The central focus of Iraq News is the tension between the considerable, proscribed WMD capabilities that Iraq is holding on to and its increasing stridency that it has complied with UNSCR 687 and it is time to lift sanctions. If you wish to receive Iraq News by email, a service which includes full-text of news reports not archived here, send your request to Laurie Mylroie .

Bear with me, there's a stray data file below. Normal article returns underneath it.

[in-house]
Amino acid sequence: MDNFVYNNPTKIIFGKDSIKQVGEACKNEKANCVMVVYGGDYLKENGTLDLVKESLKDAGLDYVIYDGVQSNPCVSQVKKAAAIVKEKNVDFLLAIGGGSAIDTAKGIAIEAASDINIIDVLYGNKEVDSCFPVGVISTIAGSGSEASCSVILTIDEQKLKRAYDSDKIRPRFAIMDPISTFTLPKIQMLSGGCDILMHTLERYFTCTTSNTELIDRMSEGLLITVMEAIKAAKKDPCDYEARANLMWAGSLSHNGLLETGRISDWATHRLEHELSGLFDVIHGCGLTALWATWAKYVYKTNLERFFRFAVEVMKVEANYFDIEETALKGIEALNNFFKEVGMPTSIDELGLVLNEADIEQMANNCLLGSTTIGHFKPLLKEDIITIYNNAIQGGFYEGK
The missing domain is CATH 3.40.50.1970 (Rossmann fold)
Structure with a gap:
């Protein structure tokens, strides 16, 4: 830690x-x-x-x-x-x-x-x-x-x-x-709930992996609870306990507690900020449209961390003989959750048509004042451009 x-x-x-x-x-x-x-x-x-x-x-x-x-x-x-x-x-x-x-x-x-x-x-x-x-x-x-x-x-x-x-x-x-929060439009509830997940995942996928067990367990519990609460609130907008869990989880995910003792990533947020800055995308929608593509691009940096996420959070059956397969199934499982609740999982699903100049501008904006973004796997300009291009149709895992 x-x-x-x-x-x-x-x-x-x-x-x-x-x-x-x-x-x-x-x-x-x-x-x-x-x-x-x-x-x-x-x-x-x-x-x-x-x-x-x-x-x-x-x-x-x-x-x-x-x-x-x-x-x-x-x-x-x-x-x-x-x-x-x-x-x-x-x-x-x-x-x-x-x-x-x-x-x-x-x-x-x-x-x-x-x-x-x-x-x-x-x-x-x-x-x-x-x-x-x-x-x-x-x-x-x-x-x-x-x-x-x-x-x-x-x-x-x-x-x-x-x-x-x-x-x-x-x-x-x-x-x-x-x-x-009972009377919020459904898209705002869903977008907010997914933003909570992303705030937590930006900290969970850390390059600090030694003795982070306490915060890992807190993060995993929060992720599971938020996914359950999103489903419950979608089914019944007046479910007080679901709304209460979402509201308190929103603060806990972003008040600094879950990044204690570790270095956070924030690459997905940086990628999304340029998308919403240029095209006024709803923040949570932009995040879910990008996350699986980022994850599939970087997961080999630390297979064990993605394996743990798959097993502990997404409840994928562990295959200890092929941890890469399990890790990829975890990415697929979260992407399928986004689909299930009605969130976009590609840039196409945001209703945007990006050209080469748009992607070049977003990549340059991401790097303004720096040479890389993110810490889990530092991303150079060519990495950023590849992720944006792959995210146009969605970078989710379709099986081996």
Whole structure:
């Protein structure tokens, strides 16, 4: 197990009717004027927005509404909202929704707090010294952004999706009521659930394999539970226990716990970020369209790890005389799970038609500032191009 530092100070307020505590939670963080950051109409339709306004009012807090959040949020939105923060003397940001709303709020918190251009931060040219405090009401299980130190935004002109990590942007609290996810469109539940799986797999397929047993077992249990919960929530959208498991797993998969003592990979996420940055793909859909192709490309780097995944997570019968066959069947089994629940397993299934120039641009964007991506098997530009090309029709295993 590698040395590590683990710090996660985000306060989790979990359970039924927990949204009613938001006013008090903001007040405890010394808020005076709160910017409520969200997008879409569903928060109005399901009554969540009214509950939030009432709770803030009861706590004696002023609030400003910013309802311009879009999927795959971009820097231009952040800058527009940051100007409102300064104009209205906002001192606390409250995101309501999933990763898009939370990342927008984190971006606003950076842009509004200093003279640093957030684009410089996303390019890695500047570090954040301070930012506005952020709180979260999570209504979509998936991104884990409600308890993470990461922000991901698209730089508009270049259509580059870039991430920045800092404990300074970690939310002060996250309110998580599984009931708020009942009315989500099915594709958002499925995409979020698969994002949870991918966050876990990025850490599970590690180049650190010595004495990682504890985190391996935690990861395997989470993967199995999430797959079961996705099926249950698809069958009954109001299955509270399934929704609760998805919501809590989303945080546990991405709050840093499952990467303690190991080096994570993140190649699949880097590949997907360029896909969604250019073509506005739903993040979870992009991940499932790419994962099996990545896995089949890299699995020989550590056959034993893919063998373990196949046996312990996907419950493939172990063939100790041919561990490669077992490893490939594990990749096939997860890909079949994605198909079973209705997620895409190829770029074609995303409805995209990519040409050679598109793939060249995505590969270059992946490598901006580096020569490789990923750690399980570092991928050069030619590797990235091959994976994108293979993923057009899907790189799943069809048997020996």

SUN, MAY 24, 1998 I. STATEMENT OF THOMAS PICKERING, MAY 21 II. STATEMENT OF RICHARD PERLE, MAY 21 III. STATEMENT OF DAVID KAY, MAY 21 IV. STATEMENT OF KENNETH POLLACK, MAY 21 NB: The Navy announced today that the USS Independence had left the Gulf and was now operating in the Arabian Sea. Sec. Cohen also said the U.S. planned in the coming weeks to order home F-117 stealth fighters and other jets such as B-52 heavy bombers sent to the Gulf last November, according to Reuters. On Thurs, May 21, the Senate's Foreign Relations Committee and its Energy and Natural Resources Committee held a joint hearing, "Iraq: Are Sanctions Collapsing?" The panelists were Under Secretary of State, Thomas Pickering; former Asst Sec Def, Richard Perle; former chief nuclear inspector in Iraq, David Kay; and Kenneth Pollack, Persian Gulf Analyst, Washington Institute for Near East Policy. Sen. Frank Murkowksi [R AK], Energy Committee Chair, began the hearing by asking, "Are sanctions working? Speaking about the recent decision to vastly expand UNSCR 986, he asked, "Have we so weakened UN sanctions that Saddam can keep his weapons of mass destruction and threaten world oil supplies?" Sen. Sam Brownback [R KS], Chair of the Foreign Relations Subcommittee on the Middle East, advised, "A number of us in the Senate are worried that we are going down a course which doesn't address the problem, Saddam Hussein" and called for a "frank dialogue" about where the US intends to take its strategy toward Iraq. Sen. Ben Knighthorse Campbell [R CO] remarked that it was naïve to believe Saddam would use the additional revenues he will receive under UNSCR 986 for his people, while he complained about how the last Iraq crisis had ended and the phony palace inspections that followed. Sen. Conrad Burns [R MT] asserted "Saddam will starve his own people to serve his own purposes." Sen. Chuck Hagel [R NE] said that enforcing sanctions is not an act of foreign policy. Rather, it is a tool of policy. And he asked, "What is our policy?" Maintaining sanctions. As Pickering explained, "Our fundamental goal is to counter the threat that the Iraqi regime poses to US national interests and to the peace and security of the Gulf. This goal remains unchanged from the time of Desert Storm. Its importance was manifest in the diplomatic and military resources the US brought to bear last winter. . . . Based on Saddam's record, we have no reason to think he will comply with the obligations the Security Council has levied on Iraq. That means, as far as the US is concerned, that sanctions will be a fact of life for the foreseeable future." Pickering defended the expansion of UNSCR 986, "The 'oil-for-food' program keeps these sanctions in place, but makes them endurable for the average Iraqi and acceptable to the larger international community." The alternatives were "watching the Iraqi people starve" or "lifting sanctions prematurely," while "We are now working with the [UN] Secretariat and other members of the Security Council to ensure the effective implementation of the expanded 'oil for food' program. . . Obviously, the program is not perfect. We recognize that there have been—and will continue to be—glitches. . . We also must face the fact that some members of the Security Council are far more interested in hastening the end of the sanctions than we are." Sen. Murkowksi responded by asking, "Doesn't this allow Saddam to have the best of both worlds? He can rebuild his oil industry and then his war machine for whatever he has in mind." Murkowksi also cited the $450 mil/year Iraq earns from unsupervised oil shipments--to Jordan, Turkey, and through the Gulf, noting that the money went straight to Saddam and helped keep him in power. He called for effective efforts to stop the trade, while noting that UNSCR 687 required sanctions to remain in place until Iraq had relinquished its proscribed weapons and undertook not to rebuild them. The UNSC had nonetheless expanded 986, which was "beyond me." Sen. Brownback suggested that the administration had undertaken a strategy which assumed that Saddam would remain in power, while predicting that sanctions would loosen to the point where they became virtually meaningless. Pickering explained that that was not so. It was "our heart's desire" to see Saddam removed, as the Sec State had explained in her speech early last year, but there were "difficulties." Brownback replied, "You have strong support in Congress for a strategy to oust Saddam over the long term," observing that "Your words and actions don't match." Sen. Hagel asked, "How viable are sanctions over time?" Sanctions can work for a while in the short term, he said, but they are a short term solution." Sen. Pete Dominci [R NM], recently returned from the Gulf, said the Saudis had said it was time to reduce the US presence in the region. He was concerned about their "less than total commitment," explaining "I'm not sure that this is going to work. . . The whole scheme seems rather porous and the longer the time passes, the less it is apt to work." He also said he had met US servicemen in Saudi Arabia who had returned there 11 times, complaining Saddam "plays us like a yo-yo." Sen. Murkowksi concluded his comments to Pickering, saying that he didn't feel the administration was working in a clear way to end Saddam's regime, charging rather that US policy was "prolonging the regime of this despot," asking "how is the world going to free itself of Saddam Hussein, and warning that US policy was simply sustaining his rule, "until Saddam has built up his infrastructure to achieve his aims whatever they may be." Sen. Brownback ended the session by citing press reports that the administration was moving to a strategy of deterrence, explaining that he had taken Pickering's statements to mean that that was not so. Pickering assured him on that point. The position of the Republican Senators regarding Iraq was bolstered by the testimony of the first two non-administration witnesses, Richard Perle and David Kay. Perle explained, "The sanctions regime is indeed collapsing, along with American policy toward Iraq. In fact, there is little to distinguish the Iraq sanctions from American policy since American policy is nothing more than the desperate embrace of sanctions of diminishing effectiveness, punctuated by occasional whining, frequent bluster, political retreat and military paralysis. What the Administration calls a policy of containment has become an embarrassment as our friends and allies in the region and elsewhere ignore our feckless imprecations and reposition themselves for Saddam's triumph over the United States. More than six years after his defeat in Desert Storm, Saddam Hussein is outsmarting, outmaneuvering and outflanking what may be the weakest foreign policy team in any American administration in the second half of the century. The coalition once arrayed against Saddam is in disarray, marking a stunning reversal of the position of leadership occupied by the United States just six years ago." Perle concluded that "Saddam's eventual political victory will be followed by a restoration of his military power." And "only a policy that is openly based on the need to eliminate the Saddam Hussein regime has any hope of attracting sufficient support in the region to succeed." And "without legislation and other pressure on the Administration there will be no change in current policy, previous Congressional initiatives will be sidelined or ignored and irreparable damage will be done to the position of the United States in the region and the world." Kay warned that UNSCOM inspections were "sliding toward irrelevance in coping with . . . Saddam's efforts to protect and expand his capacity to produce weapons of mass destruction." He explained that when UNSCOM began its work, it operated on the basis of four assumptions that have all proven false: 1) Saddam would be overthrown; 2) Iraq's WMD capabilities were not that extensive or significantly indigenous; 3) a post-Saddam Iraq would declare all Iraq's WMD capabilities; and 4) UNSCOM would be able to disarm Iraq and leave a country without a WMD capability. Not only did Saddam survive, but Iraq's WMD capabilities were of gigantic scope and proved to be indigenous, Kay explained. Iraq's WMD effort spanned a decade; cost more than $20 billion; and involved more than 40,000 people. Iraq "succeeded in mastering all the technical and most of the production steps necessary to acquire a devil's armory of nuclear, chemical and biological weapons as well as the missiles necessary to deliver them over vast distances. . . . The capability to produce weapons of mass destruction cannot be eliminated by simply destroying 'weapons' facilities. The weapons secrets are now Iraqi secrets well understood by a large stratum of Iraq's technical elite, and the production capabilities necessary to turn these 'secrets' into weapons are part and parcel of the domestic infrastructure of Iraq which will survive even the most drastic of sanctions regimes. . . . Iraq is not Libya, but very much like post-Versailles Germany in terms of its ability to maintain a weapons capability in the teeth of international inspections. Once sanctions are eased or ended, the capability can be expected to become quickly a reality. . . . "One can only despair that those who urge containment of Saddam as an appropriate policy have not examined preconditions of the Cold War case to see if they exist in the Gulf. The US maintained for 40 years more than a million troops in Europe as part of its effort to contain the Soviets and invested vast resources in the social, political and economic reconstruction of Europe into a bastion of democratic values." Kay concluded "Political change in Iraq holds the only hope for eliminating Iraq's capacity for producing weapons of mass destruction and the equally dangerous arms race that is about to ignite across the Gulf," advising support for the Iraqi opponents of Saddam. By contrast, Kenneth Pollack defended containment, even as he acknowledged it could not last as is. He advised that to maintain the present international position on Iraq, what he termed "broad containment," the US would have to make concessions on issues other than Iraq. "This could mean making concessions to Russia on NATO expansion, to China over trade issues, and to France over Iran, and so on." Or the US could make another set of concessions to achieve "narrow containment," relaxing restrictions on Iraq, to draw new "firm 'red lines' around those things which the entire international community recognizes as dangerous. Thus there would be fewer restrictions on Iraqi behavior, but those that remain would be much clearer and more defensible." That, however, IS the administration's approach--to make concessions, like expanding UNSCR 986, in order to maintain the international consensus, even as recent experience has shown that each concession fails to produce a stable consensus, only the demand for more concessions. Indeed, Sen. Murkoski responded, by advising that you talk of a defense of containment, because it has worked over the past years, but if you ask whether Saddam is better off today than he was one, two or three years ago? In the Q&A that followed, Perle noted that Pickering's statement that it was "our heart's desire" to remove Saddam was far from "robust language." Rather, it should be a US "objective." One of the reasons the US had lost the propaganda war over who was responsible for the suffering of the Iraqi people under sanctions, as Perle maintained and Pickering acknowledged, was that "We've cut off the democratic opposition." Perle advised that the US should recognize that there is an Iraqi opposition whose claim to legitimacy is greater than Saddam's. Although Congress recently authorized money for the democratic opposition, Perle predicted that the administration would find ways not to spend it [see "Iraq News, May 1, for the legislation], even as Perle explained that he did not see any new policy initiatives coming from the administration. "I think we're going to coast until we fall off the cliff. It's frustrating to see the administration mobilize so much energy into thwarting initiatives, like from the Senate majority leader, without having anything else." Indeed, it is frustrating. It might seem inexplicable. One would think that given Saddam's character, as described by the Republican senators, and the nature of his proscribed weapons programs, as described by Kay, the US would do everything in its power to oust Saddam. But it does not. Already by 1994, the Clinton administration had decided that it was not willing to overthrow Saddam by supporting a popular insurgency. It would be a coup or nothing, as the Peter Jennings ABC News special on Iraq, which aired last June and was repeated this winter, explained. Basically, the Clinton administration did not, and does not, want to take action that entails significant foreign policy risks, even as it does not recognize, or perhaps does not acknowlege, the risk in not acting. As the evidence mounts that an Iraq policy based on sanctions alone is not tenable and will lead to Saddam's return, politically and militarily, the administration digs in its heels. As Perle noted, it seems to have rejected even the modest initiative of the Senate Majority leader, despite assurances that the Senate would strongly support a US policy to back the Iraqi opposition in a long-term effort to overthrow Saddam. As that is the road the administration does not want to go down, it balks at taking even the first step.